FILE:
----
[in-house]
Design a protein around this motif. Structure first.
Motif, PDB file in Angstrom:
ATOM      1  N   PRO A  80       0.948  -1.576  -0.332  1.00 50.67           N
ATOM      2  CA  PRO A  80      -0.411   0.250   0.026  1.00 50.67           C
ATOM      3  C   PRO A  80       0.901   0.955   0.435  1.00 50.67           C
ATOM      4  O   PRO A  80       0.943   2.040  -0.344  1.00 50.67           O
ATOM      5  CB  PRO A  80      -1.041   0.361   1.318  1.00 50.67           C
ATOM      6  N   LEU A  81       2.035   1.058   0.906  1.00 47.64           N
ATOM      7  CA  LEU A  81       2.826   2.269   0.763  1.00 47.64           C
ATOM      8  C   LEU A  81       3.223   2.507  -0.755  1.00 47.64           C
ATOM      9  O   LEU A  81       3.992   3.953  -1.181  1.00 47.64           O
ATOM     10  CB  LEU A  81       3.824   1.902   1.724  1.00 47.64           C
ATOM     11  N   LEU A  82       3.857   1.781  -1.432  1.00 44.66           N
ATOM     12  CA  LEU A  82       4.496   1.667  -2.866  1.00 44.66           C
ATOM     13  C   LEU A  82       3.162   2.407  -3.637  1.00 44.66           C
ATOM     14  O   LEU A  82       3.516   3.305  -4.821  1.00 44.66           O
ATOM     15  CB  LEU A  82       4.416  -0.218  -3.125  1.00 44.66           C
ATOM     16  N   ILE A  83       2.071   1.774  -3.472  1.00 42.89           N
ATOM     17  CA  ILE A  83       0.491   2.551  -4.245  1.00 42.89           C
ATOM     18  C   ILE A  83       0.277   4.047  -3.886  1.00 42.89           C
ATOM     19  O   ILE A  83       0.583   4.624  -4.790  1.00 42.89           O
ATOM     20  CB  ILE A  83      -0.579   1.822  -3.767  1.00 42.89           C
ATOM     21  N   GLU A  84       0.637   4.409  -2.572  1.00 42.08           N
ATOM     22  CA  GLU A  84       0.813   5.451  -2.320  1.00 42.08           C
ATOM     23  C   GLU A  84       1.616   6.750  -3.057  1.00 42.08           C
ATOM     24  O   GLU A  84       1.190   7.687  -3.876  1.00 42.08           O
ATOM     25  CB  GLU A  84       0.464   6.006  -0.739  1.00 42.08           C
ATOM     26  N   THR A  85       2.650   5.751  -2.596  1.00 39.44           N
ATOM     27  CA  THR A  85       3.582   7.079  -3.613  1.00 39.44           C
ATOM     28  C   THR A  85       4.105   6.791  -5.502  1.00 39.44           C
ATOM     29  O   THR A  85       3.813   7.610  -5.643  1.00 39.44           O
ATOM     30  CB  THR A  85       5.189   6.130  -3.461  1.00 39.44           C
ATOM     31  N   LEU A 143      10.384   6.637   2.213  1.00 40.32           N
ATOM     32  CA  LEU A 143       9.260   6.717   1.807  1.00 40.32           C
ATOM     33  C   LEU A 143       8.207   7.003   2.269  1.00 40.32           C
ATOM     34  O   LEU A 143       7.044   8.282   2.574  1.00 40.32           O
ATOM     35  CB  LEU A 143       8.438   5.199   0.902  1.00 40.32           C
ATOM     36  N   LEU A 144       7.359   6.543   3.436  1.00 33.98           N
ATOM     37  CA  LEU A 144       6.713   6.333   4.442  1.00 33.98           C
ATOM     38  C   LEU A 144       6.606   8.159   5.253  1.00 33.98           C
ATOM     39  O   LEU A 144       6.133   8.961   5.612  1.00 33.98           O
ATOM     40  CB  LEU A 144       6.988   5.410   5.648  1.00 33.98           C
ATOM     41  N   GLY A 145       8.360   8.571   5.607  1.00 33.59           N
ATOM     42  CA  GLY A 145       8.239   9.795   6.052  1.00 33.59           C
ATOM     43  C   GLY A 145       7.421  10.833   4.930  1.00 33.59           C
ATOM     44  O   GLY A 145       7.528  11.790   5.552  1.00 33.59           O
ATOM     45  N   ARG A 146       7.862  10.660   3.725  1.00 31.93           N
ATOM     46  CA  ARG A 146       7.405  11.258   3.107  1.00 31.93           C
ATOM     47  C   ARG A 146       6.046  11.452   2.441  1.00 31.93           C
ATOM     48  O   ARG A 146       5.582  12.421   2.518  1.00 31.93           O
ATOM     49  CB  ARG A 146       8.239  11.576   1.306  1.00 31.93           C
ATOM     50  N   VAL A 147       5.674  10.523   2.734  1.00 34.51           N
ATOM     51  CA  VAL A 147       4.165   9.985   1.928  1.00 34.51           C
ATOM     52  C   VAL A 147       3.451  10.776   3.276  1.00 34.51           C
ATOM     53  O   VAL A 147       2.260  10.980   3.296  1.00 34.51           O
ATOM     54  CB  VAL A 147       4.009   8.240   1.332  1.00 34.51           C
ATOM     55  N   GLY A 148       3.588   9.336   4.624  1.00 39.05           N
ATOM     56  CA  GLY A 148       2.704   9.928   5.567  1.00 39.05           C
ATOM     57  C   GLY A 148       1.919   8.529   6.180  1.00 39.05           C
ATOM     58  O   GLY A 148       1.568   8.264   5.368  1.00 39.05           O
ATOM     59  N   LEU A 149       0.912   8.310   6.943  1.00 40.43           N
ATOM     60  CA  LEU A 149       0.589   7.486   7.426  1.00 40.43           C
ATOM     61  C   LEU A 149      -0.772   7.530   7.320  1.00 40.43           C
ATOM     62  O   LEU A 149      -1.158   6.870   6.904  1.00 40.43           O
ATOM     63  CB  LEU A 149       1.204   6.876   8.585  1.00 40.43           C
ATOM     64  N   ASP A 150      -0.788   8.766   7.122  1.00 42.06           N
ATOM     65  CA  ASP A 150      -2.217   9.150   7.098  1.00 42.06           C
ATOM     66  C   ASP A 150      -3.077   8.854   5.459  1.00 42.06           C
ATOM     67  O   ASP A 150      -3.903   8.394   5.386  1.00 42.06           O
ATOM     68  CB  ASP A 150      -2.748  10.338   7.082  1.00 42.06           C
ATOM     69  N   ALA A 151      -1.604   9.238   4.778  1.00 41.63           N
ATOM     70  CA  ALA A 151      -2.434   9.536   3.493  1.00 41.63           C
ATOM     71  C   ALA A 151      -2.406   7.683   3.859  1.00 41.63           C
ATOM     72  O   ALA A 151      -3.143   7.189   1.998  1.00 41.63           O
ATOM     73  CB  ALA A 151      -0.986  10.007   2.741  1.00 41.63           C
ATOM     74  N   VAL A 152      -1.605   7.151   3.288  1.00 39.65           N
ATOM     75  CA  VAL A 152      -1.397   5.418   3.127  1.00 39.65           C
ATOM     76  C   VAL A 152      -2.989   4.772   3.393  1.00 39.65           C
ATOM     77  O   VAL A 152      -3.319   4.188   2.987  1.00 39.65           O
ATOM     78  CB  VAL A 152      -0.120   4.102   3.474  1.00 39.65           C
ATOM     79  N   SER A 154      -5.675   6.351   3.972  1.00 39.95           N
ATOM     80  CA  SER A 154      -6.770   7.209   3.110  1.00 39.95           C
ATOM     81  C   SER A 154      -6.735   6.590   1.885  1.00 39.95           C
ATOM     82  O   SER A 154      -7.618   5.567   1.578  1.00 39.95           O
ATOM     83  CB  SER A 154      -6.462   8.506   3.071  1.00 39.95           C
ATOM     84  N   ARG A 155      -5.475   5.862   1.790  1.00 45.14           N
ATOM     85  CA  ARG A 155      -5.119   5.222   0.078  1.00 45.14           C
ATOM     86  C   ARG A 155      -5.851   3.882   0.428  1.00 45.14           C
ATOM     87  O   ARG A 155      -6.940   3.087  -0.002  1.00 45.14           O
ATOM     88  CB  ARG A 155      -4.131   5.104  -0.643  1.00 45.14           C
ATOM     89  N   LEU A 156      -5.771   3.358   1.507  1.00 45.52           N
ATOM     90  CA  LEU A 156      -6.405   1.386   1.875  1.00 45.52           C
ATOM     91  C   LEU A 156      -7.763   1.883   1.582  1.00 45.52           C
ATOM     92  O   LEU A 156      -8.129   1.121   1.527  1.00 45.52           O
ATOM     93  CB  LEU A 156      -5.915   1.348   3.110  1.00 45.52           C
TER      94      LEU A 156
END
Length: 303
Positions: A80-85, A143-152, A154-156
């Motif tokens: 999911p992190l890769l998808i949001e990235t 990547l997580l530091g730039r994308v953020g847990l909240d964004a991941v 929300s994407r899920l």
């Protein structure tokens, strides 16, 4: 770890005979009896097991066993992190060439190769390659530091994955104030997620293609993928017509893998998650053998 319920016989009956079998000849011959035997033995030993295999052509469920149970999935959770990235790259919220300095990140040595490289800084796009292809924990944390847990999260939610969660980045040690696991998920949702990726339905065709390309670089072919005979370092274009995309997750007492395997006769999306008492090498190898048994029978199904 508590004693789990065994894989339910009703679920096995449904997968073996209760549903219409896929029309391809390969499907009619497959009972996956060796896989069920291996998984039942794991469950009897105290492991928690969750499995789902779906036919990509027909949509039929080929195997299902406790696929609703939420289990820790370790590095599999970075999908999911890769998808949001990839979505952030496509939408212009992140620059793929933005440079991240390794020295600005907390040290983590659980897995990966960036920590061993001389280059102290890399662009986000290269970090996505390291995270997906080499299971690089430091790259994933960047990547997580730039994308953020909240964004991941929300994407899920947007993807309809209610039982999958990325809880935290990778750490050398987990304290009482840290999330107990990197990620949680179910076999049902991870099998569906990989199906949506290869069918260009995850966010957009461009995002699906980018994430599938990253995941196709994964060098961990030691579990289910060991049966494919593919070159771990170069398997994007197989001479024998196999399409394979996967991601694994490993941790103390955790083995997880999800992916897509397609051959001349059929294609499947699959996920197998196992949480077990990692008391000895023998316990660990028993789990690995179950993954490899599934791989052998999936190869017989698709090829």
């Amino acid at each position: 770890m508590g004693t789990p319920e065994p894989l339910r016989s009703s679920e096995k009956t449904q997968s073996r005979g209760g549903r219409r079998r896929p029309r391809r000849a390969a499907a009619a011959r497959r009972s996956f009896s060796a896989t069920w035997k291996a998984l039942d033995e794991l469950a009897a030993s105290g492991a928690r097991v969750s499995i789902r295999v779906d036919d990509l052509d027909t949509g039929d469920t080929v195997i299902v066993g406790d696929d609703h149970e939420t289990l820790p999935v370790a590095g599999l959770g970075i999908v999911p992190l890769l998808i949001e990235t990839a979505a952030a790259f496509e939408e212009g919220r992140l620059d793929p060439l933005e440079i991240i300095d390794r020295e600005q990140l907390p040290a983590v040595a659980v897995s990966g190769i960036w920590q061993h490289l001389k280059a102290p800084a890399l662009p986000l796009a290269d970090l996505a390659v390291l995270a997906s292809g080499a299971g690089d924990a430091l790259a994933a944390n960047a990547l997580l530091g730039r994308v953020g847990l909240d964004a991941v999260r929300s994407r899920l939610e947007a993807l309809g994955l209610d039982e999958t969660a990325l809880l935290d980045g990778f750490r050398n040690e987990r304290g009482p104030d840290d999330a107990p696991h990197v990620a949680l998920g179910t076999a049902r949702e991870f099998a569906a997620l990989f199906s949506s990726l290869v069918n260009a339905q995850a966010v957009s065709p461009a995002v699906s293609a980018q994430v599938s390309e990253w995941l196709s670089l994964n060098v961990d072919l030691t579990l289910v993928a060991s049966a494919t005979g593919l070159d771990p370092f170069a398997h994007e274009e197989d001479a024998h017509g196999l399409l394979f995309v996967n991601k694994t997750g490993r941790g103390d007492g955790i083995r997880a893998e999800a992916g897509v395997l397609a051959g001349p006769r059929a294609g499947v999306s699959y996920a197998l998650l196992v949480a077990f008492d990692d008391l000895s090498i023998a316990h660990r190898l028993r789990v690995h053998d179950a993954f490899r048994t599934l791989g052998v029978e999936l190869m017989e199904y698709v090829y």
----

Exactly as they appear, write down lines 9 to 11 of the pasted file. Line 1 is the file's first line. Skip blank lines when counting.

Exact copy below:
ATOM      6  N   LEU A  81       2.035   1.058   0.906  1.00 47.64           N
ATOM      7  CA  LEU A  81       2.826   2.269   0.763  1.00 47.64           C
ATOM      8  C   LEU A  81       3.223   2.507  -0.755  1.00 47.64           C